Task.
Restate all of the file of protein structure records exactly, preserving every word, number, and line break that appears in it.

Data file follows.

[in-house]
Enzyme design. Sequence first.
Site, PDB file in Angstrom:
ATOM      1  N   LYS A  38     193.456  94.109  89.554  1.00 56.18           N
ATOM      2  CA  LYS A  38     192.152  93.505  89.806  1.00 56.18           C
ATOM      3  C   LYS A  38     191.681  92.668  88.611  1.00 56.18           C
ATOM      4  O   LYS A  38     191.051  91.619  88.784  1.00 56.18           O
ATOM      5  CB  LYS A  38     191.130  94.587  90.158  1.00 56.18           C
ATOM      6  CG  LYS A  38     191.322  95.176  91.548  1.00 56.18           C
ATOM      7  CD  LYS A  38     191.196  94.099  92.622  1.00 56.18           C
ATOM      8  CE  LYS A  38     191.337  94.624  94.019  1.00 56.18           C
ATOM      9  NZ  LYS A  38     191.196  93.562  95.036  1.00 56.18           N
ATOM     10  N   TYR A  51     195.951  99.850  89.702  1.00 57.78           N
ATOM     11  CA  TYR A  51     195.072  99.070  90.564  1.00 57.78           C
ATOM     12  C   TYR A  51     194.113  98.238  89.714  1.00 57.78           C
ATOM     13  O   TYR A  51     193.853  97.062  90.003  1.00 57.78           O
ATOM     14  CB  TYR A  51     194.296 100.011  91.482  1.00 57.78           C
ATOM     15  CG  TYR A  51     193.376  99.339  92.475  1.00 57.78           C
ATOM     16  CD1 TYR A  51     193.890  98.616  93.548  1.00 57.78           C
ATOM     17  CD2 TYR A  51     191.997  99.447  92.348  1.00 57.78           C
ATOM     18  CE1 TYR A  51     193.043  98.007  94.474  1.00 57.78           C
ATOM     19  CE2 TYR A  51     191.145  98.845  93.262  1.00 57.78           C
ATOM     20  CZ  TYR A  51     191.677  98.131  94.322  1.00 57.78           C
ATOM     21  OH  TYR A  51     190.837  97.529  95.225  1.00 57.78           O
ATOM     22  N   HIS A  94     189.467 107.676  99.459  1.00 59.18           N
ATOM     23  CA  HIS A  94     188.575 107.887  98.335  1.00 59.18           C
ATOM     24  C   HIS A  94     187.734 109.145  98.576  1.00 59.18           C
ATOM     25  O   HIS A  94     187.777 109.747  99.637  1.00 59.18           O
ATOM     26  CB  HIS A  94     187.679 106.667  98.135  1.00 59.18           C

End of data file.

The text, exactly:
[in-house]
Enzyme design. Sequence first.
Site, PDB file in Angstrom:
ATOM      1  N   LYS A  38     193.456  94.109  89.554  1.00 56.18           N
ATOM      2  CA  LYS A  38     192.152  93.505  89.806  1.00 56.18           C
ATOM      3  C   LYS A  38     191.681  92.668  88.611  1.00 56.18           C
ATOM      4  O   LYS A  38     191.051  91.619  88.784  1.00 56.18           O
ATOM      5  CB  LYS A  38     191.130  94.587  90.158  1.00 56.18           C
ATOM      6  CG  LYS A  38     191.322  95.176  91.548  1.00 56.18           C
ATOM      7  CD  LYS A  38     191.196  94.099  92.622  1.00 56.18           C
ATOM      8  CE  LYS A  38     191.337  94.624  94.019  1.00 56.18           C
ATOM      9  NZ  LYS A  38     191.196  93.562  95.036  1.00 56.18           N
ATOM     10  N   TYR A  51     195.951  99.850  89.702  1.00 57.78           N
ATOM     11  CA  TYR A  51     195.072  99.070  90.564  1.00 57.78           C
ATOM     12  C   TYR A  51     194.113  98.238  89.714  1.00 57.78           C
ATOM     13  O   TYR A  51     193.853  97.062  90.003  1.00 57.78           O
ATOM     14  CB  TYR A  51     194.296 100.011  91.482  1.00 57.78           C
ATOM     15  CG  TYR A  51     193.376  99.339  92.475  1.00 57.78           C
ATOM     16  CD1 TYR A  51     193.890  98.616  93.548  1.00 57.78           C
ATOM     17  CD2 TYR A  51     191.997  99.447  92.348  1.00 57.78           C
ATOM     18  CE1 TYR A  51     193.043  98.007  94.474  1.00 57.78           C
ATOM     19  CE2 TYR A  51     191.145  98.845  93.262  1.00 57.78           C
ATOM     20  CZ  TYR A  51     191.677  98.131  94.322  1.00 57.78           C
ATOM     21  OH  TYR A  51     190.837  97.529  95.225  1.00 57.78           O
ATOM     22  N   HIS A  94     189.467 107.676  99.459  1.00 59.18           N
ATOM     23  CA  HIS A  94     188.575 107.887  98.335  1.00 59.18           C
ATOM     24  C   HIS A  94     187.734 109.145  98.576  1.00 59.18           C
ATOM     25  O   HIS A  94     187.777 109.747  99.637  1.00 59.18           O
ATOM     26  CB  HIS A  94     187.679 106.667  98.135  1.00 59.18           C